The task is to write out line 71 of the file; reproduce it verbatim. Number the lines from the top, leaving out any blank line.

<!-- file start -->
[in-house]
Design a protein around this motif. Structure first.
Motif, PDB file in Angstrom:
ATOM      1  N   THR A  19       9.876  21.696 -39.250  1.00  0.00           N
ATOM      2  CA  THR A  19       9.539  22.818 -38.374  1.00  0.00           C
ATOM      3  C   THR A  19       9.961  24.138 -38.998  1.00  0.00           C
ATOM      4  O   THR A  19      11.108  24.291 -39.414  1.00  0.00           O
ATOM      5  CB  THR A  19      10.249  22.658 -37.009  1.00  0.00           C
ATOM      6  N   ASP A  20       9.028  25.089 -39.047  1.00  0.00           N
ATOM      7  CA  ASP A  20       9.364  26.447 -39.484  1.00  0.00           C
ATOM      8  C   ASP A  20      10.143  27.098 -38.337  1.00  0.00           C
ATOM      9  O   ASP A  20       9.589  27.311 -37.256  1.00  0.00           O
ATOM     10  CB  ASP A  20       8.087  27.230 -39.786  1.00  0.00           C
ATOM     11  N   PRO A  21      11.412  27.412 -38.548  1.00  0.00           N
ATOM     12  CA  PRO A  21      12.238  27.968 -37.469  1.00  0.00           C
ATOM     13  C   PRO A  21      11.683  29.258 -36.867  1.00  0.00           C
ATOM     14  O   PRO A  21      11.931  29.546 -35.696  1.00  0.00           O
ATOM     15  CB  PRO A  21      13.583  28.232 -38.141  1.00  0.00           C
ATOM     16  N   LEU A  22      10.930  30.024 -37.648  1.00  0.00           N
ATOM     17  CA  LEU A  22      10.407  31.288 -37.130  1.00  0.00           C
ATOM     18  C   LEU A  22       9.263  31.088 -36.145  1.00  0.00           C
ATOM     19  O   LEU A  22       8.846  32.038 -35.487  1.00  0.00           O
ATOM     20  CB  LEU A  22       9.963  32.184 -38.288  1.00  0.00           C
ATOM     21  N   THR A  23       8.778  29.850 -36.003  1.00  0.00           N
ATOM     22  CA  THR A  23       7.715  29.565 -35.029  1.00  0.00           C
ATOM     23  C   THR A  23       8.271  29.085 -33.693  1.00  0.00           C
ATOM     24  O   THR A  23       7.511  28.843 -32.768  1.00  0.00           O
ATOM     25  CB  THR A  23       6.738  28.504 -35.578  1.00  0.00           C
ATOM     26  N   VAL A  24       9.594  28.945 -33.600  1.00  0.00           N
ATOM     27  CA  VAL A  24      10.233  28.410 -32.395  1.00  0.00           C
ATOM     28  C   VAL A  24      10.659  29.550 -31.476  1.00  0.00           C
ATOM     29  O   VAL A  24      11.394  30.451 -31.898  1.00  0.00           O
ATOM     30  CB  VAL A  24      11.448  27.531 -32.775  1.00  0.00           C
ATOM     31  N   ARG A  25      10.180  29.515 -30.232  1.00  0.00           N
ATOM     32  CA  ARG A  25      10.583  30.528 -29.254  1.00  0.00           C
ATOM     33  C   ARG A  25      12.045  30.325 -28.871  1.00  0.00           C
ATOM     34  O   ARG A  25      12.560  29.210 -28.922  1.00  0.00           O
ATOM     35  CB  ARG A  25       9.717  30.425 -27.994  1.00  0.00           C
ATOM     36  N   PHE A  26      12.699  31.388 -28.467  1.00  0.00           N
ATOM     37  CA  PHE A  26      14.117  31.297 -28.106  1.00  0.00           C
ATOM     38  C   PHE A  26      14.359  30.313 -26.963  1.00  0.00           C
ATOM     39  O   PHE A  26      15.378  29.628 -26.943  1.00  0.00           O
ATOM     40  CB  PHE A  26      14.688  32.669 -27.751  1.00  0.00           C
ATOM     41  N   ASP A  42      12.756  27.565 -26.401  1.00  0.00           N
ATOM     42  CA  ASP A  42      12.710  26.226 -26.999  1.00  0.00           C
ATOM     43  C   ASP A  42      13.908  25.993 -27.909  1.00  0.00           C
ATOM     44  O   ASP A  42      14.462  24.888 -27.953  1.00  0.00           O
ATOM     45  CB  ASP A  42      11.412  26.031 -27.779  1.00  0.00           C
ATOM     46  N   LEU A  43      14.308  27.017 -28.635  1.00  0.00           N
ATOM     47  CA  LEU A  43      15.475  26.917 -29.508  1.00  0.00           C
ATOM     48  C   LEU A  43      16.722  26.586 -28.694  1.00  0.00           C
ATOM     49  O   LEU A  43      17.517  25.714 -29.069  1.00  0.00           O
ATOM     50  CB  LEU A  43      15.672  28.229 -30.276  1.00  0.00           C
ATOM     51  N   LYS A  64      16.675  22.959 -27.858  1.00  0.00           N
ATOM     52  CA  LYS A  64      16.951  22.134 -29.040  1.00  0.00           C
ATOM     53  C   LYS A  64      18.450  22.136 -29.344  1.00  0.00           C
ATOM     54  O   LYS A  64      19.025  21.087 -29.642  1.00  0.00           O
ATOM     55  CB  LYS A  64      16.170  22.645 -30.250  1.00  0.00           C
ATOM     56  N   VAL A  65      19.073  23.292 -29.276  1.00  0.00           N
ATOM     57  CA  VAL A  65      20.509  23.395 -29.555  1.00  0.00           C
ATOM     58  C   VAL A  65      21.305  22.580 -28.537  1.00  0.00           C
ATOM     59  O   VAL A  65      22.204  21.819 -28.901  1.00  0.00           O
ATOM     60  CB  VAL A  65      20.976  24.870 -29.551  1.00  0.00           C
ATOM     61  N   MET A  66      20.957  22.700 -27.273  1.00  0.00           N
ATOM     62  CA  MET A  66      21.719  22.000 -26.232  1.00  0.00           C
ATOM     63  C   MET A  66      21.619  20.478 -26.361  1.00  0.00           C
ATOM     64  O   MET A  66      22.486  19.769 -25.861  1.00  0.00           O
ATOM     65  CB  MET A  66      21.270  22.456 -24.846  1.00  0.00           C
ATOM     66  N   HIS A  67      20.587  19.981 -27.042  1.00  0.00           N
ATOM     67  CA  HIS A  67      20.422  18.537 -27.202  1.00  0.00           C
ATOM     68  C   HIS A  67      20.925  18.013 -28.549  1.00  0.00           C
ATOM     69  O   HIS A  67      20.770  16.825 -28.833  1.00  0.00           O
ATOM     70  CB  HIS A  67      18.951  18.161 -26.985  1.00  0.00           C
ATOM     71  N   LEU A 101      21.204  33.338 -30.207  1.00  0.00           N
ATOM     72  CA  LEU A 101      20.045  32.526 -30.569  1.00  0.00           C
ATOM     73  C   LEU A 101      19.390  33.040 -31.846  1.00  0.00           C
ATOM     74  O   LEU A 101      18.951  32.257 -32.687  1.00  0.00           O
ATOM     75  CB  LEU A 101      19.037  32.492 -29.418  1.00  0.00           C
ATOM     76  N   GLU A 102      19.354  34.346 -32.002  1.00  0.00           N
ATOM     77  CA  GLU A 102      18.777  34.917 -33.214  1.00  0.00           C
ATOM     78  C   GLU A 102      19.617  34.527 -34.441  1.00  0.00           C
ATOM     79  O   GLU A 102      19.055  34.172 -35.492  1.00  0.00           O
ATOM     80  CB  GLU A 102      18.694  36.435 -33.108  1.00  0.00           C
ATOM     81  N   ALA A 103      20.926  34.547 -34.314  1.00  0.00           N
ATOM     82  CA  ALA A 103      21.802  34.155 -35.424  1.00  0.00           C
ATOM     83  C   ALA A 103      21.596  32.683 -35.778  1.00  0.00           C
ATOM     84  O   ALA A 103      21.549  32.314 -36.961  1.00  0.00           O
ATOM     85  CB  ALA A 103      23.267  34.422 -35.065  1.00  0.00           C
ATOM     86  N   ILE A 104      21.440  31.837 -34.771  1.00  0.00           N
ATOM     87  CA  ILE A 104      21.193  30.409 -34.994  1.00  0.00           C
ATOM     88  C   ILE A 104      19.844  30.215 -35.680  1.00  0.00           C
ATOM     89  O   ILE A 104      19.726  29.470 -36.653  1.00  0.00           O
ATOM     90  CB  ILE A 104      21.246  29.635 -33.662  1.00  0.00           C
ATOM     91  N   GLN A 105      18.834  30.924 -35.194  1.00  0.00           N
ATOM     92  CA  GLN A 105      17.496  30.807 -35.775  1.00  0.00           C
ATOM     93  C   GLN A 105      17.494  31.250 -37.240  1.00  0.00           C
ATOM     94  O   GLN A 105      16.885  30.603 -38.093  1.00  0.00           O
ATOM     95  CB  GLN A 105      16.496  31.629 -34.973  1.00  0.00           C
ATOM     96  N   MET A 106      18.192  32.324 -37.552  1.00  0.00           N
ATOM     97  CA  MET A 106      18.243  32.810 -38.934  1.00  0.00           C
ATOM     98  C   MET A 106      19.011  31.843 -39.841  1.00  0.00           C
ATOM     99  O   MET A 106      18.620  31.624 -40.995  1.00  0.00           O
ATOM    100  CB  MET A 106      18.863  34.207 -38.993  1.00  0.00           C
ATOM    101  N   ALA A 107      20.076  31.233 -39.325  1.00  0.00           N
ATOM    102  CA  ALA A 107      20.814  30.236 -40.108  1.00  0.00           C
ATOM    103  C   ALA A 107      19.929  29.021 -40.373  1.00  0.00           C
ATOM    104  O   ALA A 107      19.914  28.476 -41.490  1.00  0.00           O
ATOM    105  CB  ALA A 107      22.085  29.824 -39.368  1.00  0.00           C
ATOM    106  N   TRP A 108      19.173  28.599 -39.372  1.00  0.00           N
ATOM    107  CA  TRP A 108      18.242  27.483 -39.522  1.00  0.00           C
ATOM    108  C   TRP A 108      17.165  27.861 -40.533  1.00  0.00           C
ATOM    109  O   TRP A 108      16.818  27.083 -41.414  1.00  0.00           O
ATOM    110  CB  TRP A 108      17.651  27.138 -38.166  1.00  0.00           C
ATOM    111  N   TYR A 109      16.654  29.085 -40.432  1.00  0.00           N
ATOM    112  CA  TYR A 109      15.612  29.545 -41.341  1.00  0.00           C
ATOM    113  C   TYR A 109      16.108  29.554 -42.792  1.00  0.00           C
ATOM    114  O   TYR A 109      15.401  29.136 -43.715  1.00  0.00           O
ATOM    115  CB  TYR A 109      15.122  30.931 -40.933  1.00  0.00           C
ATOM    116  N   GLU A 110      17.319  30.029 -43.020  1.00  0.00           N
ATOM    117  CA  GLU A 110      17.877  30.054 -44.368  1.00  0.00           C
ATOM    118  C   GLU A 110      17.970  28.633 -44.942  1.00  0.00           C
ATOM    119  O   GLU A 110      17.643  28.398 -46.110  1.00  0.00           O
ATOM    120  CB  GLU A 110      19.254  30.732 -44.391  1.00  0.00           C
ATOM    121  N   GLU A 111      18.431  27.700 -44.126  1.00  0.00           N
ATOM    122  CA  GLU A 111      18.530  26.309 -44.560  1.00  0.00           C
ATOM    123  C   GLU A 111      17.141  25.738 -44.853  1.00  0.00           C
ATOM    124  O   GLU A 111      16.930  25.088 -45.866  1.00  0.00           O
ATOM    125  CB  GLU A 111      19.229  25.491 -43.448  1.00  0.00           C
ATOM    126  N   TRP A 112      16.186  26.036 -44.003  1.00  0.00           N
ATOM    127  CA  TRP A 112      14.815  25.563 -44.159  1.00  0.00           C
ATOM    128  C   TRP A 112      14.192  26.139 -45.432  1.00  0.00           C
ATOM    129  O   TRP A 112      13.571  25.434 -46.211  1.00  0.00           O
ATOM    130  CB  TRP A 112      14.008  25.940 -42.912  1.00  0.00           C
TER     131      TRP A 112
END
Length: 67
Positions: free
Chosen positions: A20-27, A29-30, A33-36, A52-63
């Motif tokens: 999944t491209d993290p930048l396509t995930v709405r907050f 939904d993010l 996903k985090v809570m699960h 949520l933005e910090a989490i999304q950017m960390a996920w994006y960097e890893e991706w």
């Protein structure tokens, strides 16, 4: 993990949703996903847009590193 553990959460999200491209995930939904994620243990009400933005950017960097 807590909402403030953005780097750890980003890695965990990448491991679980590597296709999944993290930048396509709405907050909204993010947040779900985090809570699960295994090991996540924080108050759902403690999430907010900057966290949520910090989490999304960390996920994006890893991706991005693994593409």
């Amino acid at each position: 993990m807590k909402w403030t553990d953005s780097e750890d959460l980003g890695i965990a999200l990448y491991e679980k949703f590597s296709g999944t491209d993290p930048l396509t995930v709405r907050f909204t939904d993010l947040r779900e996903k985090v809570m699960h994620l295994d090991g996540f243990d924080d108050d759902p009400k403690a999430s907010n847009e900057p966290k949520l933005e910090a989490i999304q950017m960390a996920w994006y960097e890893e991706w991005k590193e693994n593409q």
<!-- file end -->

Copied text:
ATOM     68  C   HIS A  67      20.925  18.013 -28.549  1.00  0.00           C